Like every other game the Americans played in Lake Placid, the U.S. team fell behind early 1-0, but forward Buzz Schneider tied it back up with a dagger of a slapshot. The Soviets answered minutes later to go 2-1. Then, with just seconds left in the first period, forward Mark Johnson snagged a rare deflection from the Soviet goalie Tretiak and scored what many believe was the turning point of the game.

When the Soviets took the ice to start the second period, Tretiak was on the bench. The Soviet coach was so enraged by Johnson’s last-second goal that he replaced his god-like goalie with a mere “mortal,” says Allen, giving the underdog Americans even more hope.

After being shut out in the second period and going down 3-2 in the third, the Americans tied the score at 3-3 with Johnson’s second goal of the night. While Johnson led the offense, Craig was an absolute beast in the goal. He recorded 36 saves that night for a .923 save percentage. “It’s always going to be known as one of the great goalie performances of all time,” says Allen.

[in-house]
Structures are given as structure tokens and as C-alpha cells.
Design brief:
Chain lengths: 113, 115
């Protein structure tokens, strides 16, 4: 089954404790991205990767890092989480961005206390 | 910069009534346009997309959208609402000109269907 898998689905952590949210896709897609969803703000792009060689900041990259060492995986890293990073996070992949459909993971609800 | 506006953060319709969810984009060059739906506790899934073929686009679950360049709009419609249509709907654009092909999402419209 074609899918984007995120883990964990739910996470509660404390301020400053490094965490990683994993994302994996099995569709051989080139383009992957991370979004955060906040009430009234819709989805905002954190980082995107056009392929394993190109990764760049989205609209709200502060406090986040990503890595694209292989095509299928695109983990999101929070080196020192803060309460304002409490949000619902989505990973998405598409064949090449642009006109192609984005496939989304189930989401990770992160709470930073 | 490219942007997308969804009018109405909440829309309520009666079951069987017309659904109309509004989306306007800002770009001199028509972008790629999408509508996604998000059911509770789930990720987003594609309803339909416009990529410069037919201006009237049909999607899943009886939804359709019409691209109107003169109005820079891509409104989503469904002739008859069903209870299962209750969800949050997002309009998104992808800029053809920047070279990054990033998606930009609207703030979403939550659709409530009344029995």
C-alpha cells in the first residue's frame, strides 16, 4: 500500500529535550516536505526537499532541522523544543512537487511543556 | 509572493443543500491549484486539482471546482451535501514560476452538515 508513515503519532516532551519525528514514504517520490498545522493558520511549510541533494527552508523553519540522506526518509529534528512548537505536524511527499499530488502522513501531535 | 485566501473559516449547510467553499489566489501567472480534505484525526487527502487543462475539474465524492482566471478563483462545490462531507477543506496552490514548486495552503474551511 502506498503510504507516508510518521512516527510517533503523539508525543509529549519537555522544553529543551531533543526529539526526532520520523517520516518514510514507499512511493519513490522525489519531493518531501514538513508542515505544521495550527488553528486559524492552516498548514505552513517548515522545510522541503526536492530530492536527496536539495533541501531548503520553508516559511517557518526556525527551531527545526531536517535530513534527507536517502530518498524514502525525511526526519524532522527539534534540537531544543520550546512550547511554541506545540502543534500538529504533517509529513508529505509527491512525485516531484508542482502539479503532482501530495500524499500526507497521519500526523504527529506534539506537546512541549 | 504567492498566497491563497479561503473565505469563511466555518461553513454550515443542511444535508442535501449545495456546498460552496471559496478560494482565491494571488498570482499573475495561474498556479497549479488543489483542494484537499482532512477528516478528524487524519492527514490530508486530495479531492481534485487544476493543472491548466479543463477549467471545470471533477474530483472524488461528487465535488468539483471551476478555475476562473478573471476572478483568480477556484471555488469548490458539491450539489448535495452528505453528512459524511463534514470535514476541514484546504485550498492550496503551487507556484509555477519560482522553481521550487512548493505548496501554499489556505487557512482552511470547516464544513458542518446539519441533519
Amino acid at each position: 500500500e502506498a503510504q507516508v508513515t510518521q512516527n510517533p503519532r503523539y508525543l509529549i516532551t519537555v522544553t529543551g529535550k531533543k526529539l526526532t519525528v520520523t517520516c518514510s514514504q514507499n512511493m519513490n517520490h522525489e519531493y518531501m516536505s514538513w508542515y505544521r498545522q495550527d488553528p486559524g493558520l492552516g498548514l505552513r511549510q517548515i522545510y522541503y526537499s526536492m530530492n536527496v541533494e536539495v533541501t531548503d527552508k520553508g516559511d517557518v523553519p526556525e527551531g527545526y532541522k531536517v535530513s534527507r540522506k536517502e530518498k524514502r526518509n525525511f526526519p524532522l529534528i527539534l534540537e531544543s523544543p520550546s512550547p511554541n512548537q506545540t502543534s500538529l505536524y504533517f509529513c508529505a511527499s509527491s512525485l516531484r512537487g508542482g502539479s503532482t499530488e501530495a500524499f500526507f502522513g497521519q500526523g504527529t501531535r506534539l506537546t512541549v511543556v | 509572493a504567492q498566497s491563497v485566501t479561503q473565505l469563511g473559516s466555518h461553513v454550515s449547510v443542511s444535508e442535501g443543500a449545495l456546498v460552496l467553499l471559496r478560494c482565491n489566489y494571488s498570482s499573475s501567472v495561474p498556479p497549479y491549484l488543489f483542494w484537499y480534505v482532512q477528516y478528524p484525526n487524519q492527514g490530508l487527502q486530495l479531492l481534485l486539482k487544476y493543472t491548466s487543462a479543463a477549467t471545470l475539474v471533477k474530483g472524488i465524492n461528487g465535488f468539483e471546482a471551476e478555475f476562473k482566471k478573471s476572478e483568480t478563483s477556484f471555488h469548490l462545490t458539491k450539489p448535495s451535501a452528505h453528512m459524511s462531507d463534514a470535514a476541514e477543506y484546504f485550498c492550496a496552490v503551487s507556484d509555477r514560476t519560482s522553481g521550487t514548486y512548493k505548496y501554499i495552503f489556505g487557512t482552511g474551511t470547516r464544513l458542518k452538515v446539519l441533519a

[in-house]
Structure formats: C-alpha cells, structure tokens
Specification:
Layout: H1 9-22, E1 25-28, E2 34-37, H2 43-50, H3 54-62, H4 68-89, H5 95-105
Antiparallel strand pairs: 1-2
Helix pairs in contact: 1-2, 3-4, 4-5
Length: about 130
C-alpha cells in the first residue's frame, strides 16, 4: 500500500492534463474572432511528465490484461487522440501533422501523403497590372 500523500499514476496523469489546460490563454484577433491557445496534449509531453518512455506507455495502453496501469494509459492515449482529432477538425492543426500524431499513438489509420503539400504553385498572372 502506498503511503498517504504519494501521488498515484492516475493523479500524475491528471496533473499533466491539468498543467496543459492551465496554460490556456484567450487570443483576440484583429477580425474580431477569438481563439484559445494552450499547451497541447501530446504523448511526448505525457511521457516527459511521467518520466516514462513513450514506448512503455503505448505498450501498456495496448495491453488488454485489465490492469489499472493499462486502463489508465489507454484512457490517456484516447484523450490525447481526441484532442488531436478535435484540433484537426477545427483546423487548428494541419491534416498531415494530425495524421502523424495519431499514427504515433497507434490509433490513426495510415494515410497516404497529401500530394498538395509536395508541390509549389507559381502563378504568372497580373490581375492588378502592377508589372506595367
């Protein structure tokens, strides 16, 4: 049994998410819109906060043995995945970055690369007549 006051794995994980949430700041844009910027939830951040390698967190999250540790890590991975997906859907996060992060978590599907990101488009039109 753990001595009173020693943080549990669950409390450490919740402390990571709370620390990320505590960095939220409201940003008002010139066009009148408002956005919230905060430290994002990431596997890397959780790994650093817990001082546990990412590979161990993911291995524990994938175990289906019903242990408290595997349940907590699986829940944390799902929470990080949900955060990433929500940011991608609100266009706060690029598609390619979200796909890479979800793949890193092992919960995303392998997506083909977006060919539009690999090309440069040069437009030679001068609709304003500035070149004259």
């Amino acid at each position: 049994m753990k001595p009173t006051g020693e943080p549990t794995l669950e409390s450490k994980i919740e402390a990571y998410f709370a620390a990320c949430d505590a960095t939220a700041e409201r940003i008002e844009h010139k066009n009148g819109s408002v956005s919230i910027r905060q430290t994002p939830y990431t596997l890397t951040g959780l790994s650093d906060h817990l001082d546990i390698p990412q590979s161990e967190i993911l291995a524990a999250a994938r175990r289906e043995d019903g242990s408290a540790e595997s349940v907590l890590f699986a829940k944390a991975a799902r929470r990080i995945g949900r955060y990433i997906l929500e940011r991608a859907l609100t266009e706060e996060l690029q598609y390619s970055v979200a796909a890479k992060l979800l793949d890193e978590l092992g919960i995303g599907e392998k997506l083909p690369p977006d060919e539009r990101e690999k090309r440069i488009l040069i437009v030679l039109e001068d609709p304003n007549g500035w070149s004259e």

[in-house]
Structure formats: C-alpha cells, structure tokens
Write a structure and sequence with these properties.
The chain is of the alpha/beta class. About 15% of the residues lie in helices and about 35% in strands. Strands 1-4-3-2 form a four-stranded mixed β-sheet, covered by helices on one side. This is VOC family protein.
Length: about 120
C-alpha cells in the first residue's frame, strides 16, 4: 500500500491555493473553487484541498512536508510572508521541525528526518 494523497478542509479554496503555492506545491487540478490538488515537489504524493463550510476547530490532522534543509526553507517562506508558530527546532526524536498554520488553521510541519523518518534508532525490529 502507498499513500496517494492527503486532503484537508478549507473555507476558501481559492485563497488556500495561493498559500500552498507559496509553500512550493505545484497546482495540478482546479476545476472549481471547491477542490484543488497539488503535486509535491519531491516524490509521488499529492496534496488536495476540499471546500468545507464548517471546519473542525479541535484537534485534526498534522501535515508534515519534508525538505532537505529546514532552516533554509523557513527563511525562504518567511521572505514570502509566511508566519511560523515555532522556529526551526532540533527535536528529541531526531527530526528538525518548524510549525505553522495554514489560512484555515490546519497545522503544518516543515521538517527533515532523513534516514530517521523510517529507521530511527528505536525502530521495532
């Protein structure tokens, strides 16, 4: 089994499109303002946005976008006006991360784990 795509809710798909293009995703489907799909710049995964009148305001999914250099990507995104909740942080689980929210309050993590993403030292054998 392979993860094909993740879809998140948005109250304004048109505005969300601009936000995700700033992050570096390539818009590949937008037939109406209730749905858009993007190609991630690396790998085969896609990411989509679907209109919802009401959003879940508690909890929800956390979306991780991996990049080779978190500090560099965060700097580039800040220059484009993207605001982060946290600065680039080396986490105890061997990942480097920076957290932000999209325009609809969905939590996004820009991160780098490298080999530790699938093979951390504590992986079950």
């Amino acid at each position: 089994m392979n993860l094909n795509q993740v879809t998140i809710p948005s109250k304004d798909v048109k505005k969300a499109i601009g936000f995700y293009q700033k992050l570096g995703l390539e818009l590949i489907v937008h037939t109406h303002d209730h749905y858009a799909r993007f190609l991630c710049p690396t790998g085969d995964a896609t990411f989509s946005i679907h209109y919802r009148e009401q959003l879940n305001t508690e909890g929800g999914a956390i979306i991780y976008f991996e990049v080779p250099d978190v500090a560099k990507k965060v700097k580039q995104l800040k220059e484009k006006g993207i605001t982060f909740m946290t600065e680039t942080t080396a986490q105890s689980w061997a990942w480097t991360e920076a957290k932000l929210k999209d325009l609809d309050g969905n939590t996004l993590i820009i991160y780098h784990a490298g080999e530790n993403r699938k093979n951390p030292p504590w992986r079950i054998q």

But the hero that everybody remembers from the “Miracle” game was Eruzione, the captain that Brooks loved to use as a punching bag. Receiving a perfect pass from Mark Pavelich, Eruzione took only his second shot of the night, a low, hard wrister that zipped past a kneeling defender and snuck under the Soviet goalie’s outstretched pad. Team USA was up 4-3.

It was bedlam in Lake Placid as the flag-waving crowd roared to its feet. Even stoic Herb Brooks couldn’t suppress a brief smile. But there were still 10 long minutes on the clock.

Somehow, Craig and the U.S. defensemen held off a Soviet onslaught until the final seconds ticked off the clock, and play-by-play announcer Al Michaels improvised the most famous call in American sports history: “Do you believe in miracles? Yes!”

It would be several hours before the rest of the country witnessed the miraculous victory on TV, prompting Americans to pour into the streets waving flags and singing “God Bless America,” says Allen.

To win the gold medal, though, Team USA had to win one more game against Finland. In the locker room before the championship match, which the Americans ultimately won 4-2, Brooks abandoned his mind games to deliver a heartfelt pep talk, though it's not as popular as the speech he gave before the team's semi-finals game against the USSR. “You were born to be a player,” he told his young team. “You were meant to be here. This moment is yours.”